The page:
3 Management Lessons From Pro Sports
Legendary football coach Vince Lombardi once said, "Running a football team is no different than running any other kind of organization--an army, a political party, or a business. The principles are the same. The object is to win--to beat the other guy."
But how do you grab more market share and rise above your competitors? You need an edge, and that edge is a high-quality team. So as I build my all-star team, I look to the professional sports industry to see how they improve and develop their teams. Here are my three takeaways:
1. Recruit Differently
Historically, baseball recruiters relied on instinct to make draft choices. Now, they use statisticians to analyze data to determine how individuals will perform. Take the Oakland Athletics' Billy Beane (featured in the movie Moneyball) for example. Instead of relying on his gut instinct, he focused on a new statistical model, sabermetrics, to improve the team's draft strategy and to recruit overlooked talent. As a result, Beane led the Oakland A's to the playoffs in four consecutive years from 2000 through 2003.
Beane didn't stop there. Later, he began focusing on defensive skills and recruiting high school players in the MLB draft--another recruitment strategy which was atypical among his peers. His new approach led them to the playoffs again in 2012, winning the American League West title.
Business owners should understand how their competitors recruit employees, and then craft a strategy that recruits individuals with undervalued skill sets.
2. Manage Your Roster
Sports teams have specific coaches that are dedicated to making groups better (quarterback coach, lineman coach, etc.). Also, owners and coaches review years of video footage from different seasons and evaluate how each player ranks against other athletes for specific tasks. In the NFL, players take part in a six-week training camp, packed with practice drills, routines, weight training and scrimmages to evaluate players and to get them ready for the season.
Now imagine how much stronger your company's staff would be if your management team invested the same level of training as the NFL.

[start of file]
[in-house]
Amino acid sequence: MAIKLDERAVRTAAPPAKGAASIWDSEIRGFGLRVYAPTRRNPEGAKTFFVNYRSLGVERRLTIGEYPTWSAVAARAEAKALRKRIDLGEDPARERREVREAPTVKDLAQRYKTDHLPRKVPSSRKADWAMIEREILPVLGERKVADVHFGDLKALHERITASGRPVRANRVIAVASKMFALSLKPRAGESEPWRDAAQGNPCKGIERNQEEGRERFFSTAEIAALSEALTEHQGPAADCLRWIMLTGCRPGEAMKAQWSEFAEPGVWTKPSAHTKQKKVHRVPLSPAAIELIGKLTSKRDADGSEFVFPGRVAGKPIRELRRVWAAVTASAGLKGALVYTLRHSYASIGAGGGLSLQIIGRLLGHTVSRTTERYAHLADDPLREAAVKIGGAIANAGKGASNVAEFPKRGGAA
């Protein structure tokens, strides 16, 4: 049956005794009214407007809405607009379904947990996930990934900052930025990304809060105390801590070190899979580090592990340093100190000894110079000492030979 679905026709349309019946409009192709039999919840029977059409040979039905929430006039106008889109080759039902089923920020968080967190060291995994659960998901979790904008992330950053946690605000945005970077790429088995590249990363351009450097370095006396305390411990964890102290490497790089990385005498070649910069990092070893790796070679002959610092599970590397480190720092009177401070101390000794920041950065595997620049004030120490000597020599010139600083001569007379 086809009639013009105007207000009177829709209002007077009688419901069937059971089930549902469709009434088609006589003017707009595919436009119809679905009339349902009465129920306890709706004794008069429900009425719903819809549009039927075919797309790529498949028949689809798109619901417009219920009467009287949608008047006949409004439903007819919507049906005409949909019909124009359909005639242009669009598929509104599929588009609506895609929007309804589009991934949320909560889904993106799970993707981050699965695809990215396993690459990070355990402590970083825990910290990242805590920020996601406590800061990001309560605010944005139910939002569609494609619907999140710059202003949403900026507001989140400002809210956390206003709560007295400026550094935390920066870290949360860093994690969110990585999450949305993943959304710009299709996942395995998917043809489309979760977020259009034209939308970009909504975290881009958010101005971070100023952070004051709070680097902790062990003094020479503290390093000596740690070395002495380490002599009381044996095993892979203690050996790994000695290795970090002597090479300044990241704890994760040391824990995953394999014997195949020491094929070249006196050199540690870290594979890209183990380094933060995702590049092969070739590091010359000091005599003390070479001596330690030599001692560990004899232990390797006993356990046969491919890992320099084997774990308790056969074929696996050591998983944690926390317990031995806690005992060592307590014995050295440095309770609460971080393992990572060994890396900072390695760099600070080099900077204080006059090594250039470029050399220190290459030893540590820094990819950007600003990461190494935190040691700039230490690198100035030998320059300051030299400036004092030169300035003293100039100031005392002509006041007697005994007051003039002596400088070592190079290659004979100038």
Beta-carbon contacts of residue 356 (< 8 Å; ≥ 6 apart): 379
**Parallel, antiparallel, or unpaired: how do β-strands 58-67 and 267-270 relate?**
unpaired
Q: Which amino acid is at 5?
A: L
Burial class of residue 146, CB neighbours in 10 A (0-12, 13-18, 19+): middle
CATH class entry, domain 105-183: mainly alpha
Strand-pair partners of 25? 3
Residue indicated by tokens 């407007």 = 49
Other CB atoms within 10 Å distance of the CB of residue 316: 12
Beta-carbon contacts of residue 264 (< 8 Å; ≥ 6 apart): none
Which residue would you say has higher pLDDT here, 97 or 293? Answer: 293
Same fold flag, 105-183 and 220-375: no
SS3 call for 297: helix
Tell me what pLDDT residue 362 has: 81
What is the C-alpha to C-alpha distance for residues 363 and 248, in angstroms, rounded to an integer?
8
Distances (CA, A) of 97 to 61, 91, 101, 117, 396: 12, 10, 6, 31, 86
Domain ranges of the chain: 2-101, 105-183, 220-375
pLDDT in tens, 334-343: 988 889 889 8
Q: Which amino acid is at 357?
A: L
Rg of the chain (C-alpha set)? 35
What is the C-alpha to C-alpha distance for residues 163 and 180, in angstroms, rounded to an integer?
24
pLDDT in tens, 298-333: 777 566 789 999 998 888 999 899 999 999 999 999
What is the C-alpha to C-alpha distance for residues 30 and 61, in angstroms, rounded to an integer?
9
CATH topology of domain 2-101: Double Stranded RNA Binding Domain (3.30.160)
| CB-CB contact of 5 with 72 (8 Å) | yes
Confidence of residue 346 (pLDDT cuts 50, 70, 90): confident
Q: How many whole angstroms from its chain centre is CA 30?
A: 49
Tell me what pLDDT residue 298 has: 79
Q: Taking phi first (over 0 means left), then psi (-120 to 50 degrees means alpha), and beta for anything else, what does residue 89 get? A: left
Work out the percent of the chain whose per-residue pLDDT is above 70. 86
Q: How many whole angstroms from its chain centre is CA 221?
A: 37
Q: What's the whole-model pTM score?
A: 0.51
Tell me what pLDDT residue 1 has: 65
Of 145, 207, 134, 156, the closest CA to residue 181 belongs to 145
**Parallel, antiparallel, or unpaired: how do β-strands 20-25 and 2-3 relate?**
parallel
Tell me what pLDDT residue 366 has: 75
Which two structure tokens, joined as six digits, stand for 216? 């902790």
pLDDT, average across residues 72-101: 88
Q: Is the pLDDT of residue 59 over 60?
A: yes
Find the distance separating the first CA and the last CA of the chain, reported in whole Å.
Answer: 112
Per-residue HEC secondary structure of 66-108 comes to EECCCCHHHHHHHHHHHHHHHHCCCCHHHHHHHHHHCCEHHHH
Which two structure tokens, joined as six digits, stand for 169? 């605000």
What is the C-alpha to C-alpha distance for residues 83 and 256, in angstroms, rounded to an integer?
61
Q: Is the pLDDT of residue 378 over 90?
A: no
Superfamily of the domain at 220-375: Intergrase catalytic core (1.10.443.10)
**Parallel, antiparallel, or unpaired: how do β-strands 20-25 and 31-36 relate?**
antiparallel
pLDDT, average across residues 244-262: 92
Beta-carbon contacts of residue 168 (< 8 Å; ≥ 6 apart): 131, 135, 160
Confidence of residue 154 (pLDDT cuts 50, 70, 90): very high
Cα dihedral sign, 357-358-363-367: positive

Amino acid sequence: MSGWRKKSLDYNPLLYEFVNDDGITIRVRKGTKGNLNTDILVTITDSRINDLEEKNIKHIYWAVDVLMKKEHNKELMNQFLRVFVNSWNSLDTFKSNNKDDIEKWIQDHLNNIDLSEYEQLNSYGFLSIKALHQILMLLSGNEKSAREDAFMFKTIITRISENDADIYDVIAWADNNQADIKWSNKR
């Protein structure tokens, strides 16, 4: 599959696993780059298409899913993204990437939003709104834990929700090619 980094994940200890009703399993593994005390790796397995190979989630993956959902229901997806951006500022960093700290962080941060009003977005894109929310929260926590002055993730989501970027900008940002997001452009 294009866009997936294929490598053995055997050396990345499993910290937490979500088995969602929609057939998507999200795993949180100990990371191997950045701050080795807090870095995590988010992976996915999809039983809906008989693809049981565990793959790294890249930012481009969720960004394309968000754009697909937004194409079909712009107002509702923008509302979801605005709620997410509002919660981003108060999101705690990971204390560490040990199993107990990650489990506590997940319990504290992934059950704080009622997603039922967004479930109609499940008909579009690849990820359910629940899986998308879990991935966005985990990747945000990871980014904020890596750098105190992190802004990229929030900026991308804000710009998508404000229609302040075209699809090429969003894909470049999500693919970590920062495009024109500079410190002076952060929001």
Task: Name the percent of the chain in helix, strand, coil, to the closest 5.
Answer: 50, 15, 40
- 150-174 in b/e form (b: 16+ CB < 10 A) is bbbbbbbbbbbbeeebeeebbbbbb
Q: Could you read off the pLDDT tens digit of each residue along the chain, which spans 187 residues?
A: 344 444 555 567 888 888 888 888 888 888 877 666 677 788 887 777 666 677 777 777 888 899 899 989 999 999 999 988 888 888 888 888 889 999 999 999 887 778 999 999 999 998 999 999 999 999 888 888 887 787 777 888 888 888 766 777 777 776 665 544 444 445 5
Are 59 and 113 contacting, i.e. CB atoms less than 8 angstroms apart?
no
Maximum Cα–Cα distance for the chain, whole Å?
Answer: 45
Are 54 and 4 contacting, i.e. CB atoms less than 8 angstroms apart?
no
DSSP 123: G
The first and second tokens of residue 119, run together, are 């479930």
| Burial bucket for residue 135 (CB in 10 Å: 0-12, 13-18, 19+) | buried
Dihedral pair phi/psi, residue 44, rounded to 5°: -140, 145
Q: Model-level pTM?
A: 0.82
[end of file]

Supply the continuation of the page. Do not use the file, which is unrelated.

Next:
Business owners should enhance their review process. Invest more resources into ongoing professional training sessions and regular performance evaluations to ensure current employees can track their performance and to identify new and untapped skills that can benefit the company.
3. Admit When You've Made a Mistake
Pro sports team owners are constantly evaluating their rosters and are never afraid to make a tough decision. For instance, owners and coaches develop a plan to upgrade their teams or to make a trade every off-season. Even after winning the 2011 NBA Finals, the Dallas Mavericks shuffled their lineup, losing several key players and adding new players like Lamar Odom. However, Odom failed to perform well on the court and was later let go from the team.
Whether it's a bad play on the court or an unsuccessful business deal, everyone has made a decision that they regret. Admitting that you've made a wrong move takes a lot of courage but it can save your business in the long run. Making a hiring mistake is inevitable, so business owners need to recognize their hiring mistakes early and replace the talent with a stronger "player" or a person who is a better fit within the company's culture. If not, a company will retain underperforming talent.
Secondly, if companies have fully-developed succession plans and recruitment strategies, they have a sustainable advantage. So even if managers lose a team member, their next rising star is waiting in their talent pipeline or within the company.
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